Another procedure is laser angioplasty which utilizes a laser to ablate the stenosis by super heating and vaporizing the deposited plaque. Atherectomy is yet another method of treating a stenosed body vessel in which cutting blades are rotated to shave the deposited plaque from the arterial wall. A catheter is usually used to capture the shaved plaque or thrombus from the bloodstream during this procedure.
In the procedures of the kind referenced above, abrupt reclosure may occur or restenosis of the artery may develop over time, which may require another angioplasty procedure, a surgical bypass operation, or some other method of repairing or strengthening the area. To reduce the likelihood of the occurrence of abrupt reclosure and to strengthen the area, a physician can implant an intravascular prosthesis for maintaining vascular patency, commonly known as a stent, inside the artery across the lesion. The stent can be crimped tightly onto the balloon portion of the catheter and transported in its delivery diameter through the patient's vasculature. At the deployment site, the stent is expanded to a larger diameter, often by inflating the balloon portion of the catheter.
The above non-surgical interventional procedures, when successful, avoid the necessity of major surgical operations. However, there is one common problem which can become associated with all of these non-surgical procedures, namely, the potential release of embolic debris into the bloodstream that can occlude distal vasculature and cause significant health problems to the patient. For example, during deployment of a stent, it is possible that the metal struts of the stent can cut into the stenosis and shear off pieces of plaque that can travel downstream and lodge somewhere in the patient's vascular system. Pieces of plaque material are sometimes generated during a balloon angioplasty procedure and become released into the bloodstream. Additionally, while complete vaporization of plaque is the intended goal during laser angioplasty, sometimes particles are not fully vaporized and enter the bloodstream. Likewise, not all of the emboli created during an atherectomy procedure may be drawn into the catheter and, as a result, enter the bloodstream as well.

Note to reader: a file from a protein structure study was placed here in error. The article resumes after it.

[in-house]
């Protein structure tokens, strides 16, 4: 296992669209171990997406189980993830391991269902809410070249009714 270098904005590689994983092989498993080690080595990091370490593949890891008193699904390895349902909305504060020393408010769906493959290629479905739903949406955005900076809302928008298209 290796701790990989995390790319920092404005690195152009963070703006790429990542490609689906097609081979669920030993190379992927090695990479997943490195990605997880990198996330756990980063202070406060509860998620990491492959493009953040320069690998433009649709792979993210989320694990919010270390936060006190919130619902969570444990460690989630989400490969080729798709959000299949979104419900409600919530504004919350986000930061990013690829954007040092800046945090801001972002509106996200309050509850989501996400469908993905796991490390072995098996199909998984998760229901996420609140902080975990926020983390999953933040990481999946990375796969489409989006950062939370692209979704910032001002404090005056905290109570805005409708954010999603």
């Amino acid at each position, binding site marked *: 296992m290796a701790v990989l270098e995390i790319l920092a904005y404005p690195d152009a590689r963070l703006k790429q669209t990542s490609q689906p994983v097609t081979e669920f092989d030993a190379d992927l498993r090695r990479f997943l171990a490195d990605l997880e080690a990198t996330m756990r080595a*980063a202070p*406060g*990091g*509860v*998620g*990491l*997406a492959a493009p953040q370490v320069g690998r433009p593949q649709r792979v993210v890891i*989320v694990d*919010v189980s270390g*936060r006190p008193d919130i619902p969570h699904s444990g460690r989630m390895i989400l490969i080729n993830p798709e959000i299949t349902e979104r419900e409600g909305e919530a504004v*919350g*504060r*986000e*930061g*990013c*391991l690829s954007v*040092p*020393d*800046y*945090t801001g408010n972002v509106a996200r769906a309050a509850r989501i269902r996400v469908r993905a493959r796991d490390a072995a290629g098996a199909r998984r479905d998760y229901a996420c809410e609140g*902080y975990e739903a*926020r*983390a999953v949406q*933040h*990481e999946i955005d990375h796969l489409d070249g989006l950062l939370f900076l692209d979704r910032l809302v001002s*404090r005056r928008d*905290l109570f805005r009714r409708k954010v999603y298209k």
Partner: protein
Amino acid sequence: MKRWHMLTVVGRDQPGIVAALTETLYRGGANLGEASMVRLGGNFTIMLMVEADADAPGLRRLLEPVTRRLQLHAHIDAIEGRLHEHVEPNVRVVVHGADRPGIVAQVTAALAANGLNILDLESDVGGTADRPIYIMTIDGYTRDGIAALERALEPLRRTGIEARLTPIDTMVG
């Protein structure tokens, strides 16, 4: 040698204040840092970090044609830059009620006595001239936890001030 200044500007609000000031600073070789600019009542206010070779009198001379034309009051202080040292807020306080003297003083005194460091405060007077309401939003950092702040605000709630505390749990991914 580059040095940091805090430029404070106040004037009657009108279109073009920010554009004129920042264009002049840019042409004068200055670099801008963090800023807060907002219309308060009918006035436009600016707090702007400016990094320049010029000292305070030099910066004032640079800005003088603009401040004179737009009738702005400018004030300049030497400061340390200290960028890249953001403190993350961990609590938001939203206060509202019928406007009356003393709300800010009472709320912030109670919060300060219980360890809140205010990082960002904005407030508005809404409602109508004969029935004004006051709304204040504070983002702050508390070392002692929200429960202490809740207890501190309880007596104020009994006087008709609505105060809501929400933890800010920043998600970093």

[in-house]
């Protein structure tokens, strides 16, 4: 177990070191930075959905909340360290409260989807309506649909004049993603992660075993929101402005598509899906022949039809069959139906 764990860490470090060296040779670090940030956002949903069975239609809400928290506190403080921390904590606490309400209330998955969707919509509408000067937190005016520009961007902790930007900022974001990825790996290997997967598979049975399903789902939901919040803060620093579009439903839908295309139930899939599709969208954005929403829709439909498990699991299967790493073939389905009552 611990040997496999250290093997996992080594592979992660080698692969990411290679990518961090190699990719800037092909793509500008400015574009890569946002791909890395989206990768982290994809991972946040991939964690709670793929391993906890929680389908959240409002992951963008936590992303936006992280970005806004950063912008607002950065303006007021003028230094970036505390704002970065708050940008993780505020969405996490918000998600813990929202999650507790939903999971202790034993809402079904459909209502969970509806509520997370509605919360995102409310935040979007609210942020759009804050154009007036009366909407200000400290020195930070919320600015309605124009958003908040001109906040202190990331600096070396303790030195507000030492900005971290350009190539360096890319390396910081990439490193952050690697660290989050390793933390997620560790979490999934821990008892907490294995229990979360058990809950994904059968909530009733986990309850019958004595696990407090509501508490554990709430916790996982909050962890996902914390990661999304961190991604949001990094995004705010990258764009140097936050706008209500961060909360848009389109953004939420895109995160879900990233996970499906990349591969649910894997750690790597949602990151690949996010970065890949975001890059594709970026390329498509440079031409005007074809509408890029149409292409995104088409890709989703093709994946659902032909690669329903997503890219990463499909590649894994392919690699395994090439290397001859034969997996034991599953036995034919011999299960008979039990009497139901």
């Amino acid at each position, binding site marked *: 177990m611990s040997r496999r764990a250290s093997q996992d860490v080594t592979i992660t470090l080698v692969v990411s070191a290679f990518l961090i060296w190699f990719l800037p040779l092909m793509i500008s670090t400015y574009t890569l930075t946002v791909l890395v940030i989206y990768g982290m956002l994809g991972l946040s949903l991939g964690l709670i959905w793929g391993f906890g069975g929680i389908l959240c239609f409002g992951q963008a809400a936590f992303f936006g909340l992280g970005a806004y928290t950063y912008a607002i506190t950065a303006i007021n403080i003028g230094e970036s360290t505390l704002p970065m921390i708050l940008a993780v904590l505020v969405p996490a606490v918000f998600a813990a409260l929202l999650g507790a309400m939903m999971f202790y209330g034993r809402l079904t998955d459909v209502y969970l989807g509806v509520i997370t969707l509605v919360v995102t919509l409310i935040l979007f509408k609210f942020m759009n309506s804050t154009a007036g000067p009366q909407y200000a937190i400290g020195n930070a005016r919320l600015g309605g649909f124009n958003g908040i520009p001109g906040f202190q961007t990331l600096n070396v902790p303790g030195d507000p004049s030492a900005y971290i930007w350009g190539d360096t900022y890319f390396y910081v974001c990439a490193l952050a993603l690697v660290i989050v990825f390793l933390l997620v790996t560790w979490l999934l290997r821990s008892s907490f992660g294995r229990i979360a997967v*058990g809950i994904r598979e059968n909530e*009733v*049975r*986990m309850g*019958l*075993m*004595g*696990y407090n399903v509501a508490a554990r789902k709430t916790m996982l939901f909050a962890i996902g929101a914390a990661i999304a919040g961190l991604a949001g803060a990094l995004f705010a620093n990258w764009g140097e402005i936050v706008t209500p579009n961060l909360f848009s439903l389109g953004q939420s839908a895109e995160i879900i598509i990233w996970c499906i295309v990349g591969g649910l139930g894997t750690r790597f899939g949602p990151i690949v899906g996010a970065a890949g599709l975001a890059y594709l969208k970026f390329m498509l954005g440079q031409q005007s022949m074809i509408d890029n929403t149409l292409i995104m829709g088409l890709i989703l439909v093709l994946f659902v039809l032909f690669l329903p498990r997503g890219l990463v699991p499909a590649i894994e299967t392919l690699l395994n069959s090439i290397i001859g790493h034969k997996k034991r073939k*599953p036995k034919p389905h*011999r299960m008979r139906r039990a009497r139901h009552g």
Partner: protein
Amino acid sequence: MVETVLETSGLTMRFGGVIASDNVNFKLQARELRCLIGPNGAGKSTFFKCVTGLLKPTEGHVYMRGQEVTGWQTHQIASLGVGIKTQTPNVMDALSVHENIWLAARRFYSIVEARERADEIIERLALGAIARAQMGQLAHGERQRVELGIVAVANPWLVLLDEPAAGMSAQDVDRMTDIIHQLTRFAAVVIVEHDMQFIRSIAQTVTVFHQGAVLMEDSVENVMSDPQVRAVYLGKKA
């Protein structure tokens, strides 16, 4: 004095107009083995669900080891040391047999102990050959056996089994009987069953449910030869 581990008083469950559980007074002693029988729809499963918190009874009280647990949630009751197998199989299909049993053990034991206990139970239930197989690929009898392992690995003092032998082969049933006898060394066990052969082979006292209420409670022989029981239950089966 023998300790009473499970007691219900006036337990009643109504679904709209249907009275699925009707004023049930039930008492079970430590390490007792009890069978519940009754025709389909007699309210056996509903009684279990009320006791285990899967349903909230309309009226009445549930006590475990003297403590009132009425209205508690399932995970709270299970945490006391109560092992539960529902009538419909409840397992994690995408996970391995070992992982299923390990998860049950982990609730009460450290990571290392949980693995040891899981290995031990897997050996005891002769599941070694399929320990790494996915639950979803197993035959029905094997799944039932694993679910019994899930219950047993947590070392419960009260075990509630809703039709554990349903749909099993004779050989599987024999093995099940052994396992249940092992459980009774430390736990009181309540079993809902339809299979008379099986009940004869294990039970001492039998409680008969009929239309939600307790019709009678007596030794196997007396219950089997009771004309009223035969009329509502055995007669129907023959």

When any of the above-described procedures are performed in the carotid arteries, the release of emboli into the circulatory system can be extremely dangerous and sometimes fatal to the patient. Debris carried by the bloodstream to distal vessels of the brain can cause cerebral vessels to occlude, resulting in a stroke, and in some cases, death. Therefore, although cerebral percutaneous transluminal angioplasty has been performed in the past, the number of procedures performed has been somewhat limited due to the justifiable fear of an embolic stroke occurring should embolic debris enter the bloodstream and block vital downstream blood passages.